There are less than three years left for the US's neo-conservative leaders – the current set of pro-Israeli decision-makers inWashington – to make their mark on history. They have had five years in power and the only rallying cry they have produced was 9/11.
After weeks of intense consultation, discussion and negotiation with other parties, Hamas leaders have nominated Ismail Haniyeh (pic), a powerful 43-year-old Hamas leader in the Ghazzah Strip, as prime minister. The decision resulted from internal deliberations over whether to choose a non-Hamas figure, who might be more acceptable to the West, to lead the next cabinet.
It would be naïve to miss the significance of the successive attacks on Islam and its sacred symbols: last year there were revelations about the desecration of the Qur'an at GuantanamoBay; then came the insulting caricatures of the Messenger of Allah, upon whom be peace. While the cartoon controversy still rages, we witness the deliberate destruction of the ImamAskari Mosque in Samarra, Iraq, taking the country even closer to sectarian warfare.
As we at Crescent and the Institute of Contemporary Islamic Thought prepare for the Kalim Siddiqui Memorial Conference to be held in London on April 23, it is remarkable how many echoes of his work we find in events unfolding around us.
Among the many consequences of Hamas' stunning victory in the Palestinian parliamentary elections in late January is the final shattering of any illusions that the neo-conservative clique inWashington may have had about the benefits of democracy in the Muslim world.
Every time there is the prospect of significant political change in any Muslim country, however it is brought about, Muslims jump to the hope that Islamic movements may be able to take advantage of the situation to establish an Islamic state.
That president Husni Mubarak of Egypt has been planning for some time to ensure that he is succeeded by his 41-year-old son Jamal, when he eventually retires, has been clear enough to leave no one in any doubt. But recent local, regional and international events have caused him to throw caution to the winds and accelerate his plotting to ensure that Jamal will not face a credible challenge at the presidential elections in 2011.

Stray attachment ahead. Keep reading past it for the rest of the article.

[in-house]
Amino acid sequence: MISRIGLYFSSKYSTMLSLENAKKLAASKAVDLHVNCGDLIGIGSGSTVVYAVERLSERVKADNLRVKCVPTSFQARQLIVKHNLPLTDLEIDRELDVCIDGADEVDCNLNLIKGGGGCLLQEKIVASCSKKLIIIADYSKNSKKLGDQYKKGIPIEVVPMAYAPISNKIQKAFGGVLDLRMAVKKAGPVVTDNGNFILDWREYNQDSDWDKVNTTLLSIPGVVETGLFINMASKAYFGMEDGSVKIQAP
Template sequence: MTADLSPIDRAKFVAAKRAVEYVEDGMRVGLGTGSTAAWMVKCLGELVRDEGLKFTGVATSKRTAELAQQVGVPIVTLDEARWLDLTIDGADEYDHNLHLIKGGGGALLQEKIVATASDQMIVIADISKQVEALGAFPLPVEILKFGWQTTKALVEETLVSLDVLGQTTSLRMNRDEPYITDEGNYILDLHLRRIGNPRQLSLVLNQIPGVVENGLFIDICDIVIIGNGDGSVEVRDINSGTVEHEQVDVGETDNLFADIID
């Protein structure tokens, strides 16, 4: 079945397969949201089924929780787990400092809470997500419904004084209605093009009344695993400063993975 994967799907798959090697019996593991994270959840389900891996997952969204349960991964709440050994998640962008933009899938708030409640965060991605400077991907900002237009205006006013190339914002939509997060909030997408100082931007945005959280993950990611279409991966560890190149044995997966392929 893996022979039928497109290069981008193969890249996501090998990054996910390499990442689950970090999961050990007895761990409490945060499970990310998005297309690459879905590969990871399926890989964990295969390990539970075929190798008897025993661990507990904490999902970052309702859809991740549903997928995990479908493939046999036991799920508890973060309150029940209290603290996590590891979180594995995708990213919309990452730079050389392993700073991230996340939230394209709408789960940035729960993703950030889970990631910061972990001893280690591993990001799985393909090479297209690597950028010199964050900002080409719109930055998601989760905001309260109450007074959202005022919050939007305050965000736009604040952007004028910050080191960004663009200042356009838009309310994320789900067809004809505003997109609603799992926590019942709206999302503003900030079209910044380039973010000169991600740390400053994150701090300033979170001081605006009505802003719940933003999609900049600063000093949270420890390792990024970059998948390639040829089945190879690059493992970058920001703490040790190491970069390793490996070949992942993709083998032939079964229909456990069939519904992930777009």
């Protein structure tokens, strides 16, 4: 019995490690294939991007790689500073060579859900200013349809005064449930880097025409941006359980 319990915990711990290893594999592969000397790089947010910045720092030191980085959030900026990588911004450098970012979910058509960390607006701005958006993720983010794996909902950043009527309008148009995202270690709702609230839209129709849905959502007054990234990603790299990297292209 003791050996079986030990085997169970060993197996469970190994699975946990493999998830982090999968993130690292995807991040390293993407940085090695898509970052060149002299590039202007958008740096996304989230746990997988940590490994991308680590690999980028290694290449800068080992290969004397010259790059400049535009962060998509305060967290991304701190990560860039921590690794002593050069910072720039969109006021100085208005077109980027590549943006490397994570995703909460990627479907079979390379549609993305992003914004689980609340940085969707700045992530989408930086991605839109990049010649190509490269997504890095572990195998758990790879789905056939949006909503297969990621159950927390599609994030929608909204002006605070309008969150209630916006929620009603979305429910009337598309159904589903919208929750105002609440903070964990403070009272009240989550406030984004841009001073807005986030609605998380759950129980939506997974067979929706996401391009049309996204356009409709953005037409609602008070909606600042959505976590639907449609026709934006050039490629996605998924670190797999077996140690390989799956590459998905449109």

Speaking in Algiers on February 12, at the beginning of a tour of North African countries designed to secure their support for the US's agendas in the Muslim world, US secretary of defense Donald Rumsfeld promised to strengthen military ties with North African countries. During a joint appearance with Algeria's president, Abdulaziz Bouteflika, he said: "We look forward to strengthening our military-to-military relationship and our cooperation in counter-terrorism."
The controversy surrounding Denmark’s offensive cartoons refuses to die down. Demonstrations and protest rallies continue in various parts of the world, including Europe and North America, where Muslims reside as minorities. Some of the largest rallies took place in Syria, Lebanon, Iran and Pakistan.
Religious conflict between Nigerian Muslims and Christians is traditional, and the clashes between members of the two faiths which took place in late February are not a new phenomenon. What is new is that the clashes were set off by the cartoons recently published by Danish and other European newspapers that depicted the Prophet Muhammad (saw) in an extremely offensive manner.
All is not well in the "land of the pure": the "stans"—Baluchistan and Waziristan (both North and South)—are on fire; the dams' controversy has subsided somewhat, but has been replacedby the fury surrounding Europe's cartoons. The anger of the protests is also fuelled by the exorbitant prices of essential commodities, and Pakistan's opposition parties, sensing blood, are going for the jugular.
Since the conflict in Darfur began three years ago, about 180,000 people have died, mainly because of hunger and disease; about 2 million have been displaced. Clearly, the conflict is too vicious and costly to be allowed to continue, but the current efforts of the African Union (AU) to resolve it are not equal to the task. But the so-called international community cannot seriously be concerned about the fate of the people of Darfur or of Sudan as a whole.
The controversy resulting from Europe's insulting cartoons merely confirms what Muslims have always known: that there is deep animosity for Islam and Muslims within the Western establishment. It was to reflect on this and other matters that the conference “Peace and Justice in the Age of Imperialism” was organised on the occasion of the twenty-seventh anniversary of the Islamic Revolution in Iran.
People all over the world held events on February 23 to remember the tragedy of the Chechen people, after the Save Chechnya Campaign, a support and advocacy body based in London, led a campaign to have February 23, the date of Stalin’s deportation of the Chencens to Central Asia in 1944, proclaimed as World Chechnya Day.
On April 23, Crescent International and the Institute of Contemporary Islamic Thought (ICIT) will hold a Kalim Siddiqui Memorial Conference in London to mark the tenth anniversary of the death of one of the Islamic movement’s modern giants. The theme of the conference will be The Islamic movement: between moderation and extremism. As part of our commemoration of Dr Kalim’s work, we are reprinting some of his major works. In this issue we reprint a paper he wrote in 1984, reflecting on the Islamic Revolution in Iran.